Downstream the venturi nozzle a damping plate is placed. This is a massive metal plate with a number of drilled holes through which the gas passes. The free area of the holes is determined by the gas molecular weight, gas mass flow, and the process conditions. The damping plate reduces the pulsations further and isolates the downstream silencer and piping from the gas pulsations emitted from the compressor discharge. Downstream the damping plate a silencer is placed. The silencer may be working by absorption and/or resonance. The typical pressure drop at design conditions for such a silencer system is 2 percent of the discharge pressure. In most cases it will be necessary to add a noise enclosure around the compressor and gear as well.

Starting of dry screw compressors

Screw compressors always start unloaded, i.e., with discharge pressure = suction pressure. The discharge system is separated from the compressor by a check valve. The gas is recycled around the compressor through a large unloading valve with a pressure drop of approximately 7 psi (0.5 bar). After the compressor has reached its minimum speed the unloading valve is closed and the pressure in the discharge line up to the check valve rises. The run-up time with open unloading valve should not exceed 30 seconds. When the pressure in the compressor discharge line exceeds the pressure in the downstream system the check valve opens and the compressor begins to deliver into the downstream system. Prolonged operation at discharge pressure very close to suction pressure must be avoided due to the gas pulsations in the discharge line. Caution: During closing of the unloading valve the compressor rapidly sucks gas out of the suction line. If the volume in the suction line is too small, or if insufficient gas can be supplied by the upstream system, the suction pressure drops rapidly and the compressor will be tripped. Therefore a large volume of the suction line is helpful to ensure smooth starting of the compressor.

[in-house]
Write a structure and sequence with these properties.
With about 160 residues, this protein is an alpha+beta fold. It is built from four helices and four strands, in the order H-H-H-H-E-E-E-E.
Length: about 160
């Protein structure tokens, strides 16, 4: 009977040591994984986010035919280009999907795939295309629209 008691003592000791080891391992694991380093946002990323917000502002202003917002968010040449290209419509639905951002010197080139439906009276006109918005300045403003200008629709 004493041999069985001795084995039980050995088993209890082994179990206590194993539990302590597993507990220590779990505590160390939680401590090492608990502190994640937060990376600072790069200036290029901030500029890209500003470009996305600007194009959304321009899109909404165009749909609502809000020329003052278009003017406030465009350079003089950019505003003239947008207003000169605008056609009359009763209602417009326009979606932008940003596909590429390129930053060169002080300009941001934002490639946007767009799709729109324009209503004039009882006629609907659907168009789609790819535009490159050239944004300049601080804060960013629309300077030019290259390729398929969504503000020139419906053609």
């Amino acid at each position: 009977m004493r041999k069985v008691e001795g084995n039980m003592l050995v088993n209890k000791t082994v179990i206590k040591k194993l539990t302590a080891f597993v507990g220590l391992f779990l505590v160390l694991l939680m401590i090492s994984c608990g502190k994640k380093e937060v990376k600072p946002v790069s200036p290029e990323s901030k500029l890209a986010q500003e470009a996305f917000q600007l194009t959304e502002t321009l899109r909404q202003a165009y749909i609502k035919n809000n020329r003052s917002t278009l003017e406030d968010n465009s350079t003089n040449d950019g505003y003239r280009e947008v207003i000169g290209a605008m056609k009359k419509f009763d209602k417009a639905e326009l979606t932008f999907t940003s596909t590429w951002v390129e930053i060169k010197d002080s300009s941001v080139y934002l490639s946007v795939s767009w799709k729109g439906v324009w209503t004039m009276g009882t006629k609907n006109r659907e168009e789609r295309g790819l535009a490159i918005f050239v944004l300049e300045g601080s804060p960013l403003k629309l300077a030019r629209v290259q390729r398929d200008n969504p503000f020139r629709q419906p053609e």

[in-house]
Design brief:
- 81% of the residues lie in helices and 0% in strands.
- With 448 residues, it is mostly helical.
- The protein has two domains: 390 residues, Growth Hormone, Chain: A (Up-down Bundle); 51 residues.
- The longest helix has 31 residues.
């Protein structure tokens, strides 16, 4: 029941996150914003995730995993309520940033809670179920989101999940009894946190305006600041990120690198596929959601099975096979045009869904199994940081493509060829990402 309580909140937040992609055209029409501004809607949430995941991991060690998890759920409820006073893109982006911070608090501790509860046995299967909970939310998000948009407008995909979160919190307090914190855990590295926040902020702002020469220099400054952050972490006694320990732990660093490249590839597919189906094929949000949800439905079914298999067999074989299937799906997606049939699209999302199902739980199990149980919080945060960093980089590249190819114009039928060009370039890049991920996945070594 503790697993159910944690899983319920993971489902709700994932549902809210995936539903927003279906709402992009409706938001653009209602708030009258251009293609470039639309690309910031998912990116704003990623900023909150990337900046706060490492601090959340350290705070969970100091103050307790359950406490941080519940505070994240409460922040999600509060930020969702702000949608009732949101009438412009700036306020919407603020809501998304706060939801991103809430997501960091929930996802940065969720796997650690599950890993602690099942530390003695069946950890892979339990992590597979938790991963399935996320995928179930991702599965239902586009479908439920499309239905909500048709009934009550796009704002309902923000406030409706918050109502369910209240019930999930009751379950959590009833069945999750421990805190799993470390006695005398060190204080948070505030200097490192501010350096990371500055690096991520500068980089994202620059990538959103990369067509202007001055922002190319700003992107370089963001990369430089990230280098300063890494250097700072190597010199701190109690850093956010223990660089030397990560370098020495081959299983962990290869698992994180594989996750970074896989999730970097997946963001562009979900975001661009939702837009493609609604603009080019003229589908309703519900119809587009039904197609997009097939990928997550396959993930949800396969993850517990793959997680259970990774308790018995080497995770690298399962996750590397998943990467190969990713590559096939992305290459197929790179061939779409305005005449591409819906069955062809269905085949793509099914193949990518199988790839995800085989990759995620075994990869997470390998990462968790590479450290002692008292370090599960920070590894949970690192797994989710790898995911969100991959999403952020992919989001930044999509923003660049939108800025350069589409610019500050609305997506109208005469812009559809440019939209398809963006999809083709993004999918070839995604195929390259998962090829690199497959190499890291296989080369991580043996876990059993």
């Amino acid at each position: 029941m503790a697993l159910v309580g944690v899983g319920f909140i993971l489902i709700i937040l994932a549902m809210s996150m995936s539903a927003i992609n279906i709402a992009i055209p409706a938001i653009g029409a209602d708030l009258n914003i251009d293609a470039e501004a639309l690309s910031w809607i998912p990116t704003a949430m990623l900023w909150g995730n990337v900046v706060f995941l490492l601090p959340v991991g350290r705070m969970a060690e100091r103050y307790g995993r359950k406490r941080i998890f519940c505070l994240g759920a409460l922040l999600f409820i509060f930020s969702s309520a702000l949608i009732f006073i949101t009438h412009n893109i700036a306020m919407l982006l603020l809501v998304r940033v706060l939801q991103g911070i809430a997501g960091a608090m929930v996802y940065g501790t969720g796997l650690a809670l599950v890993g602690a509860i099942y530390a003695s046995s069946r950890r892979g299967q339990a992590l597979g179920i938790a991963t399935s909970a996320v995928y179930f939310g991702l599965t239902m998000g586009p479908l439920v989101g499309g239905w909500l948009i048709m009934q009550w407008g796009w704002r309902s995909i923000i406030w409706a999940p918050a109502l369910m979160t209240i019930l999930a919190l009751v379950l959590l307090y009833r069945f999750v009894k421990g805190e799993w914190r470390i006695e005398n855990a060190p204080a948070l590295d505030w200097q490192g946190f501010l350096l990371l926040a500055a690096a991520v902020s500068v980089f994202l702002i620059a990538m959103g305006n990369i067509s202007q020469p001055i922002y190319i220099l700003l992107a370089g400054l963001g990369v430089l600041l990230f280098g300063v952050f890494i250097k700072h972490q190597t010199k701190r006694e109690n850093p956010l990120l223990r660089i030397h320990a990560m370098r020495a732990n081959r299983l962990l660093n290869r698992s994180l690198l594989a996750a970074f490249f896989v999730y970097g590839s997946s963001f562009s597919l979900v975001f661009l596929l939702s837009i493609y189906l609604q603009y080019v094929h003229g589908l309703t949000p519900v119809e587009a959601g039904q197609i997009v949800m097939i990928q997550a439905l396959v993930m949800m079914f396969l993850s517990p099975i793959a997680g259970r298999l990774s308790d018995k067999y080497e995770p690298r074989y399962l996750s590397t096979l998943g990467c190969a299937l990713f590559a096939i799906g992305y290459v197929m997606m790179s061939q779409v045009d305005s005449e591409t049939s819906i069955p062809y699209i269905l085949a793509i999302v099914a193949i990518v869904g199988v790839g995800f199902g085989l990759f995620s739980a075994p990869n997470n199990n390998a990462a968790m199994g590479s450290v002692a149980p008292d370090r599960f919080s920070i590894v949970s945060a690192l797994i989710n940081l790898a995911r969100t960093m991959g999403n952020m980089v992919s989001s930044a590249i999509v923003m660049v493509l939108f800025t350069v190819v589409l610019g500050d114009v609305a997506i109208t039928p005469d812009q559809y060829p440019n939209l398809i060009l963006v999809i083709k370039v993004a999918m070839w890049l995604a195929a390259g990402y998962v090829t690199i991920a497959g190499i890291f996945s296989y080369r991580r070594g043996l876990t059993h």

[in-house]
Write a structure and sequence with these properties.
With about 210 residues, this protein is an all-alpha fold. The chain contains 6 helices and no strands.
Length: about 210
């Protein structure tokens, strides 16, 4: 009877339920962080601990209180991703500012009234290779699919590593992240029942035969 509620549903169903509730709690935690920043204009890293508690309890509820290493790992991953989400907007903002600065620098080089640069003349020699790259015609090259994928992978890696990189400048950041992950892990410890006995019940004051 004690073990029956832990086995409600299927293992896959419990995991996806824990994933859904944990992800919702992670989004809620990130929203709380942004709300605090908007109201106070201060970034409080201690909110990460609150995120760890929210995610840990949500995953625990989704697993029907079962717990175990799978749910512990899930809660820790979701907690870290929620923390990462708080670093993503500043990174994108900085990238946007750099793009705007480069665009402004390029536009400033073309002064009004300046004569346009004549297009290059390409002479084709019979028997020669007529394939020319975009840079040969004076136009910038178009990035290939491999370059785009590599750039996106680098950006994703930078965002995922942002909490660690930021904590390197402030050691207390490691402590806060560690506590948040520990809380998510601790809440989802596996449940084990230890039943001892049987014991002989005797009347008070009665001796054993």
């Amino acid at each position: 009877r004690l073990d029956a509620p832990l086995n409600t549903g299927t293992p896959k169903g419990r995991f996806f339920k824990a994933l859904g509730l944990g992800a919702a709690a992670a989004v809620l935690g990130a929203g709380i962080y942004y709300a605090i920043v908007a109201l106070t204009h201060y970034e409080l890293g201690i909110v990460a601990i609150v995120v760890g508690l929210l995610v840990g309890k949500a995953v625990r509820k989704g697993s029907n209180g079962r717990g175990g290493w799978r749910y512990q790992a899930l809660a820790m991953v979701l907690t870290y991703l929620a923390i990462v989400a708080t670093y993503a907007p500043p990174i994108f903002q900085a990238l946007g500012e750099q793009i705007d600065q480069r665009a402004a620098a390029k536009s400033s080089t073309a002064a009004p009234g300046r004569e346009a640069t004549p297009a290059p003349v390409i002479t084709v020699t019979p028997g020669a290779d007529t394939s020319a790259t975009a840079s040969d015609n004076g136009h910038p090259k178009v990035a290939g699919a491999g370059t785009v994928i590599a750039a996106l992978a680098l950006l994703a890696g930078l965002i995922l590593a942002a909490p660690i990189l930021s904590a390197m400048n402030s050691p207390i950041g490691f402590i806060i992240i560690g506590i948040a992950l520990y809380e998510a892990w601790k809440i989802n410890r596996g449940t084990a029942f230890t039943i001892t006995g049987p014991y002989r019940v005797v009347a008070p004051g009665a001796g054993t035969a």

Screw compressors must be unloaded during shutdown. Upon stop signal of the driver, the unloading valve immediately opens (opening time should be less than 2 seconds) and the gas is recycled around the compressor through the unloading valve. The pressure in the discharge line between compressor and check valve drops rapidly and the check valve closes thus separating the compressor from the downstream system. As the gas is recycled around the compressor the suction pressure may rise. During rundown of the compressor to standstill, the suction and discharge pressures equalize at the settle-out pressure. The run down time depends on machine size and operating conditions. Typical rundown times may range from 5 seconds for small compressors in high pressure applications to 1 minute for large compressors in low pressure applications. Caution: If the settle-out pressure is much higher than the normal suction pressure this may lead to high torques for machines with large built-in volume ratio.

Also the correct operation of the seals may be endangered because the seal supply pressure may be insufficient or the control system may be to slow for the quick rise of suction pressure. Therefore a high settle-out pressure must be avoided by using the following rules: • Volumes at high pressure (interstage volume and volume between the discharge nozzle and check valve) should be minimized. • The volume of the suction line should be as large as possible thus giving the recycled gas space to escape. • Check valves in the suction line close to the compressor must be avoided. If a block valve is placed in the suction line it should be closed only after the compressor has come to standstill.